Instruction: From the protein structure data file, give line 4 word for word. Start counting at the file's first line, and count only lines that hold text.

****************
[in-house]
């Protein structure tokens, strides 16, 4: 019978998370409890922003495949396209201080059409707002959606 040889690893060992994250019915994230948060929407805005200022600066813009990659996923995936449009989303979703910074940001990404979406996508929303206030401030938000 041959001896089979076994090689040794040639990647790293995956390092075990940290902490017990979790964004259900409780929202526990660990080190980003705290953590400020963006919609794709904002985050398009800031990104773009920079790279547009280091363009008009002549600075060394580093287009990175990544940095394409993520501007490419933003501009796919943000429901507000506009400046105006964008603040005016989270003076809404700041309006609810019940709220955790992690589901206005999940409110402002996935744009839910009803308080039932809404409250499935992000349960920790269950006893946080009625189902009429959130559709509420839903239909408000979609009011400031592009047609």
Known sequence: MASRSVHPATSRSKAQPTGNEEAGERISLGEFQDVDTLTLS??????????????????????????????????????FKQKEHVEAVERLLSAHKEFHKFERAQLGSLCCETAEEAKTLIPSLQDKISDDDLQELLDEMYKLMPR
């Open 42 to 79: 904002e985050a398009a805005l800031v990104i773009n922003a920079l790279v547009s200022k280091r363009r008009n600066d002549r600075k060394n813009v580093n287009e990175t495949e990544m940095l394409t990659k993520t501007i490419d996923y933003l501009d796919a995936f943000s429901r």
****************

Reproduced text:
């Open 42 to 79: 904002e985050a398009a805005l800031v990104i773009n922003a920079l790279v547009s200022k280091r363009r008009n600066d002549r600075k060394n813009v580093n287009e990175t495949e990544m940095l394409t990659k993520t501007i490419d996923y933003l501009d796919a995936f943000s429901r």